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My concerns about ABA

Updated: Mar 1, 2023

ABA has become an industry, no longer the science of understanding human behavior. Not every need is a nail for a hammer to fix.

I have been in the field for a very long time and have a bit of background to share that may either complicate or explain a few things, you choose after reading my blog.

ABA stands for Applied Behavior Analysis which has been around since the 1950's for modifying behaviors in humans (and dogs, rats, etc. but we are going to talk about humans here). ABA simply describes the process by which we analyze a behavior - why it happens and how to alter a behavior. Period. Yes. Period. ABA, by its definition is NOT an autism specific intervention. It is a hammer to be used occasionally for the right nails but not everything you see in autism is a nail!!! It certainly has become that way in the autism field, due to a set of professionals who decided to adopt “ABA” as an intervention name. They took the general ABA concept and turned it into a controversial intervention in the field of autism... and because they have done this on a national (and monetized) level, insurance companies pay for it... so doctors' prescribe it.. and parents feel they are doing their very best by their child to offer it. AND autistic adults are justifiably angry.

ABA now has essentially two definitions:

  1. A general tool for analyzing human behaviors to guide someone doing something more or less (not autism specific)

  2. A specific intervention for the remediation of autistic symptoms.

When you might use ABA, as a tool, for an autistic person (or anyone):

If an individual is engaging in unsafe behaviors such as hitting, eloping, or biting, for example, you would most likely get the fastest results from using an ABA concept tool to determine why the behavior is happening, when it occurs, and then providing very specific steps for replacing that behavior with an alternative behavior that is safe for that individual. It is my opinion that this use of the tool we call ABA is useful and effective to keep a person safe as long as we are attending to the person’s overall well being, regulation, sensory processing, and relationship needs.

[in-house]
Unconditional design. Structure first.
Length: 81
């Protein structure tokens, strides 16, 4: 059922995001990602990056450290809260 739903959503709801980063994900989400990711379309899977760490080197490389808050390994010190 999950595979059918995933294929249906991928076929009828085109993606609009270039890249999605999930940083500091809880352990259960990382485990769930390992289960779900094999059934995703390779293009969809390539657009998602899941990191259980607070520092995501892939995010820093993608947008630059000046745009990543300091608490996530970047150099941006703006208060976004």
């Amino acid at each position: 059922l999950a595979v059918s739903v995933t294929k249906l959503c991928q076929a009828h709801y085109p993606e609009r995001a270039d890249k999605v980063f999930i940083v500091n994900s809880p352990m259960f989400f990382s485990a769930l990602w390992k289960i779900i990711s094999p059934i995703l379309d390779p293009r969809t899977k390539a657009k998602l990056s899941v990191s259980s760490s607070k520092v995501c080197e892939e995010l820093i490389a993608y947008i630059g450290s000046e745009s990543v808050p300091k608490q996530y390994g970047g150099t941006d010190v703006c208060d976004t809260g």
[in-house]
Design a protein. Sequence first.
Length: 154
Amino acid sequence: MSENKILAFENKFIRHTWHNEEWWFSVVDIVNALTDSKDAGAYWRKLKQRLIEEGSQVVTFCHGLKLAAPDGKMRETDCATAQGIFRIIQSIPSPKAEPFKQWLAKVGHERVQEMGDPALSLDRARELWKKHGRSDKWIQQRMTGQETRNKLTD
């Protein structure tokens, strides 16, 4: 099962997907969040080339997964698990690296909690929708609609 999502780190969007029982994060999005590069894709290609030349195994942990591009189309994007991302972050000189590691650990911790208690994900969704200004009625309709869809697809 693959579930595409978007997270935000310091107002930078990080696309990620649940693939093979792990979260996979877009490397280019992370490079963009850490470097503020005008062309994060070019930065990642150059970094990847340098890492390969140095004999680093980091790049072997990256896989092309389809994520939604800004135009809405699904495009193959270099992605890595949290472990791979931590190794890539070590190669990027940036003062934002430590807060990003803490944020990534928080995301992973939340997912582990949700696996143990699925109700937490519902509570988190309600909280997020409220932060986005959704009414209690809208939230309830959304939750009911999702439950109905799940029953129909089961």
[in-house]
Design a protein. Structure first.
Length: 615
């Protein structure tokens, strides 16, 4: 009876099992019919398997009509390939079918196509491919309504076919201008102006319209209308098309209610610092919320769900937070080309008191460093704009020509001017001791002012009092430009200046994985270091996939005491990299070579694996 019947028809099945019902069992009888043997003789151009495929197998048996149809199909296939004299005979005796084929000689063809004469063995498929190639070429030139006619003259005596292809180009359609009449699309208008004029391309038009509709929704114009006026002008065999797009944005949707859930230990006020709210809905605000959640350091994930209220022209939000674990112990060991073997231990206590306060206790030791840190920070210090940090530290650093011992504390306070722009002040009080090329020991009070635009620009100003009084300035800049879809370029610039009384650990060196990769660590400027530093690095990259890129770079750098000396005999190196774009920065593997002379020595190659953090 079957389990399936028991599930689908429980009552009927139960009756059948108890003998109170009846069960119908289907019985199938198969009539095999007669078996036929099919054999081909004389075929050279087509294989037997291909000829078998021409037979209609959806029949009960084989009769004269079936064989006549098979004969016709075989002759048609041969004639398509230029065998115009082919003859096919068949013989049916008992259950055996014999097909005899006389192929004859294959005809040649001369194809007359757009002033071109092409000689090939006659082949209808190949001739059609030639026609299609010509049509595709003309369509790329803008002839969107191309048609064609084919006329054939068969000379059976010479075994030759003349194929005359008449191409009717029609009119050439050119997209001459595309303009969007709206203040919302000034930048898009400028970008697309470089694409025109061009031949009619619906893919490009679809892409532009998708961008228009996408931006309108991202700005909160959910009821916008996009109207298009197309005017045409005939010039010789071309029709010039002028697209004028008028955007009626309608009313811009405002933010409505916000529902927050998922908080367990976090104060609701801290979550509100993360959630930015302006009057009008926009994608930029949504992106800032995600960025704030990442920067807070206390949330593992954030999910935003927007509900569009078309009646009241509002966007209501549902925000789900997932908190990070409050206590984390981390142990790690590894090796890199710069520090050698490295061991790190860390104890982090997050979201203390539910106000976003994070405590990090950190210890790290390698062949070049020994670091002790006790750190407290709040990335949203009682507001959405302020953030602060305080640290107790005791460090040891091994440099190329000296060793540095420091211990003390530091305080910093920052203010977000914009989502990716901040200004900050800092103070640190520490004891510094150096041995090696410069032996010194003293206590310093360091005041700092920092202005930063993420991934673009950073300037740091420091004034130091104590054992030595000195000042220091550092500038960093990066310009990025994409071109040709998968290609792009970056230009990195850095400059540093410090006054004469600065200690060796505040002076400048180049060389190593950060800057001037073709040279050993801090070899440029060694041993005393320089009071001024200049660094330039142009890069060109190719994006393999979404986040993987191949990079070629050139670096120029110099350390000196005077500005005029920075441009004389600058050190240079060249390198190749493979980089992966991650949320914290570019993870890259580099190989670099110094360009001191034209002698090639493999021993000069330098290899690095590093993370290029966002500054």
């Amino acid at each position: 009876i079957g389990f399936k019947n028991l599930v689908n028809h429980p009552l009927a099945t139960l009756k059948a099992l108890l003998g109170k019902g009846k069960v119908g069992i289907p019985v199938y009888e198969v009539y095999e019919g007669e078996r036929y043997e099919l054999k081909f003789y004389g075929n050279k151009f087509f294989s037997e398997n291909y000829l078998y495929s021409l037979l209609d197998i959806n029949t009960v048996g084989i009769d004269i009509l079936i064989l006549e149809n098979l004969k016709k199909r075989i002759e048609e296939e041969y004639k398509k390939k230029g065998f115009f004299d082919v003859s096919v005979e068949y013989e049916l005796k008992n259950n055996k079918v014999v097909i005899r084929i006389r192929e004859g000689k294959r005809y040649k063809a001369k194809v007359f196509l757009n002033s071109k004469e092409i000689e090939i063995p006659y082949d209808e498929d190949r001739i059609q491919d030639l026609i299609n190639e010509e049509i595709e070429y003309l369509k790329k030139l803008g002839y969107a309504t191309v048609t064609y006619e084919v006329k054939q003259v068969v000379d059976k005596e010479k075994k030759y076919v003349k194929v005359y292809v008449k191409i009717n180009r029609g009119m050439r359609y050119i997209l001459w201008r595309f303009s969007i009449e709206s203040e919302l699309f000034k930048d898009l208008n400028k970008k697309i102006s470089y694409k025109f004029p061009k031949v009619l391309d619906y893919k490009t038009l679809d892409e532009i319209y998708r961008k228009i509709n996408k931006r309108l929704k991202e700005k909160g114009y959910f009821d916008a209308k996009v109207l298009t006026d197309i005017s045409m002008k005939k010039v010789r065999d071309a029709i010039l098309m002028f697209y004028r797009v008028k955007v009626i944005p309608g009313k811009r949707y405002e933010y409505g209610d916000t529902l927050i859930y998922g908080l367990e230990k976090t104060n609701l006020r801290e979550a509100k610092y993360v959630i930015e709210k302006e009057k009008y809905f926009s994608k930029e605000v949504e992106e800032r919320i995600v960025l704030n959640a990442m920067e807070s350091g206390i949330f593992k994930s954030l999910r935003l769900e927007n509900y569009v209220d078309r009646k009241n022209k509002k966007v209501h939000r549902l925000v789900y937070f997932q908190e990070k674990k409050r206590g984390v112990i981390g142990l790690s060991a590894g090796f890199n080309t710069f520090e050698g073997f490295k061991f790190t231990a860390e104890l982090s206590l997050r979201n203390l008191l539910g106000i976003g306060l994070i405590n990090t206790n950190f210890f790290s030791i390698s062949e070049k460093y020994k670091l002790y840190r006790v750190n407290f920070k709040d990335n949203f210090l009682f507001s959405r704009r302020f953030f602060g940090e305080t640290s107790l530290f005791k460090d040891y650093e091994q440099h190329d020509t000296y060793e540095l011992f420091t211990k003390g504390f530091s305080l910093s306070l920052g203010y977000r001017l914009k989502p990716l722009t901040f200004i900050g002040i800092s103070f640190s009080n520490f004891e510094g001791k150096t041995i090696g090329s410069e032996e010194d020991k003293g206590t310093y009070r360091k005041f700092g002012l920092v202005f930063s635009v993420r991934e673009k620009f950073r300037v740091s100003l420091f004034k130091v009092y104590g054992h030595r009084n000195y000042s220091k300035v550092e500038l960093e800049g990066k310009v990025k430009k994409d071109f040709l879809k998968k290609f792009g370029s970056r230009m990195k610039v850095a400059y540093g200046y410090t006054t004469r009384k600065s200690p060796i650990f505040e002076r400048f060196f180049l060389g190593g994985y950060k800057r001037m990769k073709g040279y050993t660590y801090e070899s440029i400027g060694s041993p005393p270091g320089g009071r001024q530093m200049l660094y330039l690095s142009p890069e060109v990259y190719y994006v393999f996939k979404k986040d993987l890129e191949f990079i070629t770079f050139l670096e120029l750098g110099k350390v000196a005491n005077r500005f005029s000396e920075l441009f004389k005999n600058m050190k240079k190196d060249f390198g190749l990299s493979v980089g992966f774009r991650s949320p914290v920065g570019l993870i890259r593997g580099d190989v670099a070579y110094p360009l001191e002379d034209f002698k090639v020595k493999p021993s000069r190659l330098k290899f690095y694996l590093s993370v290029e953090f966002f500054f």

When you would not use ABA for an autistic person (or anyone):

ABA as an intervention, has the reputation of being used to stop behaviors like stimming and to "get" autistic people to act more like neurotypicals. Both of these are not only problematic, they are disrespectful of an autistic person's processing and can even cause trauma from forcing a person into hypervigilence and into situations for which their system is not made.

It is my strong opinion that this use of ABA as the one and only intervention is wrong and must stop. We are not here to fix autism. We are here, as parents and a community, to alleviate the obstacles experienced by autistics to achieve the goals they have for themselves - which are the same for all of us: quality of life, relationships, purpose, and acceptance.

Parents/caregivers in the lead!

Parents/caregivers, you have the authority to CHOOSE both how and when you use the tool we call ABA. You are in charge and you are the employer of any ABA companies that solicit you for their business. They have the obligation to do evaluations and provide recommended targets for their work with your child. And you have the right to choose and monitor which of those you approve.

Autistic adults do not approve of ABA as a hammer to use for all nails (analogy for not using ABA for making your child comply to neurotypical norms). Listen to these amazing autistic people and make informed choices as parents. Your job is to keep your child, of any age, safe from harm. If there is something they are doing that is an obstacle to their safety, that is an obstacle to their long term quality of life. If it is something that simply bothers you or others - ask yourself if it is something that soothes your child, allows them to better process the onslaught of information around them, or their way of telling you to help them reduce said onslaught. You may then support and advocate for them to do these behaviors for themselves to be their best in our crazy, messy, dynamic world.

ABA has been monetized. Stop using it for everything autism.

The problem with ABA is that the useful tool called ABA has been monetized into being used for everything autism. We can change the landscape by being mindful and making better choices about how we use the businesses called “ABA” for our autistic youth and loved ones. Advocate for more developmentally and humanistic approaches to autism both for your own child and for the community. Either steer clear of ABA businesses or use them wisely and for things like safety. The businesses work for you.

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